am the flag of the United States of America.
My name is Old Glory.
I fly atop the world's tallest buildings.
I stand watch in America's halls of justice.
I fly majestically over institutions of learning.
I stand guard with power in the world.
Look up and see me.
stand for peace, honor, truth and justice.
I stand for freedom.
I am confident.
I am arrogant.
I am proud.
I am flown with my fellow banners,
My head is a little higher,
My colors a little truer.
I bow to no one!
I am recognized all over the world.
I am worshipped ~ I am saluted.
I am loved ~ I am revered.
I am respected ~ and I am feared.
have fought in every battle of every war for more then 200 years.
I was flown at Valley Forge, Gettysburg, Shiloh and Appomattox.
I was there at San Juan Hill, the trenches of France, in the
Argonne Forest, Anzio, Rome and the beaches of Normandy. Guam,
Okinawa, Korea and KheSan, Saigon, Vietnam know me.
I'm presently in the mountains of Afganistan and the hot and
dusty deserts of Iraq and wherever freedom is needed.
I led my troops, I was dirty, battleworn and tired,
But my soldiers cheered me and I was proud.
have been burned, torn and trampled on the streets of countries
I have helped set free.
It does not hurt for I am invincible.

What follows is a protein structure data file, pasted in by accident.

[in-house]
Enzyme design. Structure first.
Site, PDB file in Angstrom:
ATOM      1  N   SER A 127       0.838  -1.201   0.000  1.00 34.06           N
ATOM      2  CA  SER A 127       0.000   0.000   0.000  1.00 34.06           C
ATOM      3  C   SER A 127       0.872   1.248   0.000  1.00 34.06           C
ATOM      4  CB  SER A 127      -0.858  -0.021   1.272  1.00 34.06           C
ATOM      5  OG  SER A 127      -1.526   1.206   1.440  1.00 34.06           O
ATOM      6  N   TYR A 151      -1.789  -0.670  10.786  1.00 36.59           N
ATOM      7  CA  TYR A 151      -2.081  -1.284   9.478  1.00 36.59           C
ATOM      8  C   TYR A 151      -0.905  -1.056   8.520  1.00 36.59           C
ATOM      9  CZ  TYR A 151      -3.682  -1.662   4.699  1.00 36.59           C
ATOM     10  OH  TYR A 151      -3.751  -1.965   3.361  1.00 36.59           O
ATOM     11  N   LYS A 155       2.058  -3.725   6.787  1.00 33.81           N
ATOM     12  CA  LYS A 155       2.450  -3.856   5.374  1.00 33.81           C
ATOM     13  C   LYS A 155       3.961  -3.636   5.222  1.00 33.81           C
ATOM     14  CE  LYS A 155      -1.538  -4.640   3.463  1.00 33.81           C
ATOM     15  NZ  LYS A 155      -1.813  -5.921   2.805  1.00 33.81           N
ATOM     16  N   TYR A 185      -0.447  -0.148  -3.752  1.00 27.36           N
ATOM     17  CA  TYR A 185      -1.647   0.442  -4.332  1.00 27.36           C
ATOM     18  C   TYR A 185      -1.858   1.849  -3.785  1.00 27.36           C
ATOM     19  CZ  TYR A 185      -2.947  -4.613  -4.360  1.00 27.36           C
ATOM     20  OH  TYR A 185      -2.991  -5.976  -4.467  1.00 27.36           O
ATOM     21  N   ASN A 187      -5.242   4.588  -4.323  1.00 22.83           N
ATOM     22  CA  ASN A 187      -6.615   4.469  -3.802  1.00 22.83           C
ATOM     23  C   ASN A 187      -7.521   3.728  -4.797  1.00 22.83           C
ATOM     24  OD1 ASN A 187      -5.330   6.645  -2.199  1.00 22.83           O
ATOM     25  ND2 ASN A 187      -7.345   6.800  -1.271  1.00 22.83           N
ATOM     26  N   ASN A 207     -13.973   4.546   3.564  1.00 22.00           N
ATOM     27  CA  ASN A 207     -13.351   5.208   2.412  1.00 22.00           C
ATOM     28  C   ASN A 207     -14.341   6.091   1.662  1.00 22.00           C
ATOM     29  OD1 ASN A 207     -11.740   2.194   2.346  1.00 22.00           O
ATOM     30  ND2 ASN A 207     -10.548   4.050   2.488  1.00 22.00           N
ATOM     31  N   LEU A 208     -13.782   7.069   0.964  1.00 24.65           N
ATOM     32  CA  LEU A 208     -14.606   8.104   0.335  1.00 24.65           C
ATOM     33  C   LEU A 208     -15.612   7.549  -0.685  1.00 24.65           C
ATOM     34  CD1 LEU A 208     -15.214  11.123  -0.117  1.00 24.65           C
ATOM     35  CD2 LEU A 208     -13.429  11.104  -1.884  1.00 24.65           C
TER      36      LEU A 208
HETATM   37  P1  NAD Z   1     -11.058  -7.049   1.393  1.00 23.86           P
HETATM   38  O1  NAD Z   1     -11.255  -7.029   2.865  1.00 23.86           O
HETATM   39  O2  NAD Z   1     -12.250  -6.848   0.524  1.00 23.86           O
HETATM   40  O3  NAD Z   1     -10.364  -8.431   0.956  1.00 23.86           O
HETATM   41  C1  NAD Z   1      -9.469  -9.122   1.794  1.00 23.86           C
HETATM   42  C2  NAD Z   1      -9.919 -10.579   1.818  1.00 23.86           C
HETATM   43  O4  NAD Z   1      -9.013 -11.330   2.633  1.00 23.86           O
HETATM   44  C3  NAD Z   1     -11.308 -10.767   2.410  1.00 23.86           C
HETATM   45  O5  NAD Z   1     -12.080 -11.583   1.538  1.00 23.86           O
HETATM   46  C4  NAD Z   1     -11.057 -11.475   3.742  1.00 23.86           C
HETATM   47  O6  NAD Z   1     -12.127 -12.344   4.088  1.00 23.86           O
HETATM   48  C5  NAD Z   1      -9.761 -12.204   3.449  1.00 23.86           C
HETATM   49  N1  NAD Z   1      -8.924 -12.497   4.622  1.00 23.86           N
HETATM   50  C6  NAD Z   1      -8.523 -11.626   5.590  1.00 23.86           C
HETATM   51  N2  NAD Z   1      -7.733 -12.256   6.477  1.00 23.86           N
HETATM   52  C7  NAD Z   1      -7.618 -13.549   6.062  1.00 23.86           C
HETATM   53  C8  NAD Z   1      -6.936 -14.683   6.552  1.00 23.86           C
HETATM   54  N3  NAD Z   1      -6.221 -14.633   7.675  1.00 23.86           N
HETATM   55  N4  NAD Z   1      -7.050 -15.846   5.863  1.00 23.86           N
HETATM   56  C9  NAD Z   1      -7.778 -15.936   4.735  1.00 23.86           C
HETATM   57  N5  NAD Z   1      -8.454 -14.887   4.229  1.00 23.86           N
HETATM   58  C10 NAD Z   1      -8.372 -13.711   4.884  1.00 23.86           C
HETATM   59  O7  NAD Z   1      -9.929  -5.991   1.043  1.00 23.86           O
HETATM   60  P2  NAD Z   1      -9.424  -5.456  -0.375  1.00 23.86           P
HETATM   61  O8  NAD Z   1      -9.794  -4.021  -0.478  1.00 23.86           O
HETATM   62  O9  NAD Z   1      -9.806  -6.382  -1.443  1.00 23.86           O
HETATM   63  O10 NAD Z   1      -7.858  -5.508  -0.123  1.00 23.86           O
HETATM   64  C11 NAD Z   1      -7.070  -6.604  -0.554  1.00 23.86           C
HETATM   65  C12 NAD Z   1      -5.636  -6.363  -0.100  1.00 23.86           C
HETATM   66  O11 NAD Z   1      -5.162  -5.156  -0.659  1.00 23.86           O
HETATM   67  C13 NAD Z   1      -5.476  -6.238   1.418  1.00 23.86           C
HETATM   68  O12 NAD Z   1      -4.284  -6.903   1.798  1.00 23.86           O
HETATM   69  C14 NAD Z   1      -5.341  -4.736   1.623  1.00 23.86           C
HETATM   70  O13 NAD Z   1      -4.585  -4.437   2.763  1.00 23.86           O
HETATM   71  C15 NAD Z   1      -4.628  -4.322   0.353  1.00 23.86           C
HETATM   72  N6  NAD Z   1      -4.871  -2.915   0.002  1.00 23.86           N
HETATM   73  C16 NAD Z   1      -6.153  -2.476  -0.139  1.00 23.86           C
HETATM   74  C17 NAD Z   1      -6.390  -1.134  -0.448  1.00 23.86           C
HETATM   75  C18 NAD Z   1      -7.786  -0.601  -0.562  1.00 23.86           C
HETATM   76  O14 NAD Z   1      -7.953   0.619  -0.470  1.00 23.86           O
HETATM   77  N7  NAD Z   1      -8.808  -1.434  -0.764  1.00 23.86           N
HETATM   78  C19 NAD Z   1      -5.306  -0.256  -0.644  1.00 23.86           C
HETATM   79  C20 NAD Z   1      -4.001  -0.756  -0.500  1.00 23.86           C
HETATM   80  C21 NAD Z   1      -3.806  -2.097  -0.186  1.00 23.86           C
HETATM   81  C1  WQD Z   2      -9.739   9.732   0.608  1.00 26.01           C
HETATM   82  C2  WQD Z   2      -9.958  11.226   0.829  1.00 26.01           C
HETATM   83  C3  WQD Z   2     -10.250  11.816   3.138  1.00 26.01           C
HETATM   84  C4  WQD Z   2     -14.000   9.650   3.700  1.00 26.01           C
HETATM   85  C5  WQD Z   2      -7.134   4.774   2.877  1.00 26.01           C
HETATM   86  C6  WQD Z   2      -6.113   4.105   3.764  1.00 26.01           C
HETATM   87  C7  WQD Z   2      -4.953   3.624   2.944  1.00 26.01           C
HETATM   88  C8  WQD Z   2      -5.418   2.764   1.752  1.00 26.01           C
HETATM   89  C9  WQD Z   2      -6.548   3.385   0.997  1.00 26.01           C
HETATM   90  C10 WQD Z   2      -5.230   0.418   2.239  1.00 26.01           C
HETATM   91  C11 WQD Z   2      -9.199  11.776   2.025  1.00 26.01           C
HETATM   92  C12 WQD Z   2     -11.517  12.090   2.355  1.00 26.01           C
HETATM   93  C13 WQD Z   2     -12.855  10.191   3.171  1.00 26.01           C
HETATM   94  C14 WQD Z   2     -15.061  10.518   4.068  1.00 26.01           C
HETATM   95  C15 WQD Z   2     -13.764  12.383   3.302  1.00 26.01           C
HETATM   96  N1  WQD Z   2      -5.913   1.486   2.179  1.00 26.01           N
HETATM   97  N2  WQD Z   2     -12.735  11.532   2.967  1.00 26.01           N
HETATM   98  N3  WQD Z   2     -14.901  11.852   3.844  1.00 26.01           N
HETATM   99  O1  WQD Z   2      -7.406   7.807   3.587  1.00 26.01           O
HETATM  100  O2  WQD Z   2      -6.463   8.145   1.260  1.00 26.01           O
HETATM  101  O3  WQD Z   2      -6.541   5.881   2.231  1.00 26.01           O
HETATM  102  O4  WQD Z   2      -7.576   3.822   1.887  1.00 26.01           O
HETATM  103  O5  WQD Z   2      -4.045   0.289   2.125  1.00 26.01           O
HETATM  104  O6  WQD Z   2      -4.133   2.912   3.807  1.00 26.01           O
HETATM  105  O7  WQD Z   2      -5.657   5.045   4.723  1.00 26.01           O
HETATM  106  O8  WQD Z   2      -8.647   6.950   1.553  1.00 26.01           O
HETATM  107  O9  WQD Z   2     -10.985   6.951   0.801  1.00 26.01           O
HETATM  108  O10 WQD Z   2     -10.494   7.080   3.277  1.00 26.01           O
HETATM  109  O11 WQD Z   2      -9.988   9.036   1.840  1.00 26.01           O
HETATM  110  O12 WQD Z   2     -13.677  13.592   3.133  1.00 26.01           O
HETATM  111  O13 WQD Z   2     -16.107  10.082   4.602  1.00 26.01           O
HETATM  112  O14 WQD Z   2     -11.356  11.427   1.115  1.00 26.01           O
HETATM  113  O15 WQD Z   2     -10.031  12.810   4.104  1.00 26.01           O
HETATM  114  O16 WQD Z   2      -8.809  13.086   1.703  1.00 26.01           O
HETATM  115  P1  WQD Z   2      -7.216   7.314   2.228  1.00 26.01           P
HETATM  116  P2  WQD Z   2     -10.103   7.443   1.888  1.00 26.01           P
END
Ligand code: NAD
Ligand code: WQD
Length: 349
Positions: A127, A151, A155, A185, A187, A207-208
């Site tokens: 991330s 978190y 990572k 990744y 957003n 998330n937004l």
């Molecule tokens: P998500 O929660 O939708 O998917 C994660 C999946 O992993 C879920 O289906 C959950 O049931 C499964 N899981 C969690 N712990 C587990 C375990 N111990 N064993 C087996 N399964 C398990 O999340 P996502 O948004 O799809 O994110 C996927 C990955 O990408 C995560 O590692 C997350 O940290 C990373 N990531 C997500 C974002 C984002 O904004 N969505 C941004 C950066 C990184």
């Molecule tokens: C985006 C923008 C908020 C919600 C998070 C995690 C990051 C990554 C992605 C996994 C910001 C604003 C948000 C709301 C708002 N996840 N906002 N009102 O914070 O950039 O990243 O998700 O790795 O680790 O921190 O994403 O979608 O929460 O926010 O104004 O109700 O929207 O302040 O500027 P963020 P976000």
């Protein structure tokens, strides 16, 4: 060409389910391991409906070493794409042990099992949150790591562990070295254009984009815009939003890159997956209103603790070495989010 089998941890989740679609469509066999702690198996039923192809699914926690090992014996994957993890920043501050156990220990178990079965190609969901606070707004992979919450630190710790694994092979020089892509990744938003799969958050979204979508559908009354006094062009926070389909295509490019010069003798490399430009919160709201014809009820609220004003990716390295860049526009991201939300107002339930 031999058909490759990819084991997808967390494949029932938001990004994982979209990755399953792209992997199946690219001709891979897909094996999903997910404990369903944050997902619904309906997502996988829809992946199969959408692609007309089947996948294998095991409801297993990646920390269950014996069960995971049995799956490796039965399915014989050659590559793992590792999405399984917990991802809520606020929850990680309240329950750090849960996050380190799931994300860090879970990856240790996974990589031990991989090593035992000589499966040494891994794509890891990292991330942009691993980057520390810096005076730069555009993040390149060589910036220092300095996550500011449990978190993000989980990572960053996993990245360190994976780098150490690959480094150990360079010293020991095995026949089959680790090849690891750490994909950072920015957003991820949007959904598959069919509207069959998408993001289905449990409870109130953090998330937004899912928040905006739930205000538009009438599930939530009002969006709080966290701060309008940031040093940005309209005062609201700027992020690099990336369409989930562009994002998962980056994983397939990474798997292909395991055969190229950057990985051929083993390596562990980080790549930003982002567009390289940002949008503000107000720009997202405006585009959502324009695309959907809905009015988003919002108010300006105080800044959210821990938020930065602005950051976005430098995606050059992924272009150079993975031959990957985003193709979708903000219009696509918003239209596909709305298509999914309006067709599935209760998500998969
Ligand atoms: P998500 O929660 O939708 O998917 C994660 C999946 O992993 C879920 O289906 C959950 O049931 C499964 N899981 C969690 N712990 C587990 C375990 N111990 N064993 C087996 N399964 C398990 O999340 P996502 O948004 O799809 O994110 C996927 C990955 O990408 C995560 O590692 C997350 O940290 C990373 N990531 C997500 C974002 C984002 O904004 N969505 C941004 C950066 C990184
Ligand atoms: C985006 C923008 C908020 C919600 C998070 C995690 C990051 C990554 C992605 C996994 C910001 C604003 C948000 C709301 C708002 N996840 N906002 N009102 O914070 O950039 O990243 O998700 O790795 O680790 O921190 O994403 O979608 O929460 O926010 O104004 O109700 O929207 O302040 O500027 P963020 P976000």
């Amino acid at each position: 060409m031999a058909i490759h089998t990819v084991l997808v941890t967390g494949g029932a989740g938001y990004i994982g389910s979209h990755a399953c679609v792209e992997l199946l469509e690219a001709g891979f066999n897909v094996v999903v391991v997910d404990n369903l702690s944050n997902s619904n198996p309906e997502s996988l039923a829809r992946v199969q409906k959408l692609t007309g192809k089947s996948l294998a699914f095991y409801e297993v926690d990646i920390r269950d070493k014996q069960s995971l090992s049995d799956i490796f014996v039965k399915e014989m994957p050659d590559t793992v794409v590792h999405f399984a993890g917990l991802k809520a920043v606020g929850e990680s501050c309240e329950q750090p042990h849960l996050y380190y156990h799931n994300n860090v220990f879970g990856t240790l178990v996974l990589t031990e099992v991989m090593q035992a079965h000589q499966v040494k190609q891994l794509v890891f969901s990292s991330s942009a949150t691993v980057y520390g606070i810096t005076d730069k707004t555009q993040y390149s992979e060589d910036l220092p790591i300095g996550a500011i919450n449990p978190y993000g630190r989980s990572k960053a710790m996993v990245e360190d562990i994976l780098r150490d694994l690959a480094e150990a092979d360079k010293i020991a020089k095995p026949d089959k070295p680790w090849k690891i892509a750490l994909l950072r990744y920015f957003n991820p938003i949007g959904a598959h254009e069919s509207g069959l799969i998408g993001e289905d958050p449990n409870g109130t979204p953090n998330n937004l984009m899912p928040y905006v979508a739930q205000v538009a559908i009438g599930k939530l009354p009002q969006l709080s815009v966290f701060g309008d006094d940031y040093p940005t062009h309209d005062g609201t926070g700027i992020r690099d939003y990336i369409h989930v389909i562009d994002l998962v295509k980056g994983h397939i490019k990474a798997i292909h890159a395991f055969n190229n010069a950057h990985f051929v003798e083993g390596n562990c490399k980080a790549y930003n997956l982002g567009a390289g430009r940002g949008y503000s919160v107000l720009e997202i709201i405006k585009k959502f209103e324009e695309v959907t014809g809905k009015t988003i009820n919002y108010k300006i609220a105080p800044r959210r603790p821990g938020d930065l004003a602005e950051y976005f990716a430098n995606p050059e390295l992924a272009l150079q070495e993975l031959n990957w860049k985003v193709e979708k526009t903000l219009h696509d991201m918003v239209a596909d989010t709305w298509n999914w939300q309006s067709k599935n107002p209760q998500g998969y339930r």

I have been soiled upon, burned, torn and trampled in the streets
of my country.
And when it's done by those Whom I've served in battle ~ it
But I shall overcome ~ for I am strong.
I have slipped the bonds of Earth and stood watch over the uncharted
frontiers of space from my vantage point on the moon.
I have borne silent witness to all of America's finest hours.
But my finest hours are yet to come.
When I am torn into strips and used as bandages for my wounded
comrades on the battlefield,
When I am flown at half-mast to honor my soldier,
Or when I lie in the trembling arms of a grieving parent at
the grave of their fallen son or daughter,
I am proud.
~ Texas Style ~
follows is a message from Vicki Pierce about her nephew James'
(he was serving our country in Iraq):
back, it was certainly a quick trip, but I have to also say
it was one of the most amazing experiences of my life. There
is a lot to be said for growing up in a small town in Texas.
service itself was impressive with wonderful flowers and sprays,
a portrait of James, his uniform and boots, his awards and ribbons.
There was lots of military brass and an eloquent (though inappropriately
longwinded) Baptist preacher. There were easily 1000 people